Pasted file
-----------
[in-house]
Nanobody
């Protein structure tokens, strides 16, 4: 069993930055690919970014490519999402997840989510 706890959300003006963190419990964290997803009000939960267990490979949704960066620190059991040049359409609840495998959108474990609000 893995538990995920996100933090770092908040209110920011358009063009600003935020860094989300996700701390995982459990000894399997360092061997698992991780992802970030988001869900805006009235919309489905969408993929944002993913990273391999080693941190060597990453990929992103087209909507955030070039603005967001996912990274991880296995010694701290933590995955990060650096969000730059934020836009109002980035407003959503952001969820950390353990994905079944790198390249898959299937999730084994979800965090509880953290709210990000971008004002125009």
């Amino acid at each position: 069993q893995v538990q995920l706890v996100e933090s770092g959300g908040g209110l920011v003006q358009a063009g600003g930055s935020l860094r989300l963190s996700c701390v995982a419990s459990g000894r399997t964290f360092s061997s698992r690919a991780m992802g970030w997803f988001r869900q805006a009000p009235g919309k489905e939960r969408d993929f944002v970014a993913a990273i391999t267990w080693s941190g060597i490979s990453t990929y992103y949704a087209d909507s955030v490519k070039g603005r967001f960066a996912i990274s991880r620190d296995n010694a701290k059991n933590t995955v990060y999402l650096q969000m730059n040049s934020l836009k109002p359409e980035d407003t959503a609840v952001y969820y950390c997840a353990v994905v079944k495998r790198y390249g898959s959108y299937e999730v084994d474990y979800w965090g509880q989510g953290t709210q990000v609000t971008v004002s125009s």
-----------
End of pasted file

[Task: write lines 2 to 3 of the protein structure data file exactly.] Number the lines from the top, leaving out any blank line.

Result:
Nanobody
């Protein structure tokens, strides 16, 4: 069993930055690919970014490519999402997840989510 706890959300003006963190419990964290997803009000939960267990490979949704960066620190059991040049359409609840495998959108474990609000 893995538990995920996100933090770092908040209110920011358009063009600003935020860094989300996700701390995982459990000894399997360092061997698992991780992802970030988001869900805006009235919309489905969408993929944002993913990273391999080693941190060597990453990929992103087209909507955030070039603005967001996912990274991880296995010694701290933590995955990060650096969000730059934020836009109002980035407003959503952001969820950390353990994905079944790198390249898959299937999730084994979800965090509880953290709210990000971008004002125009």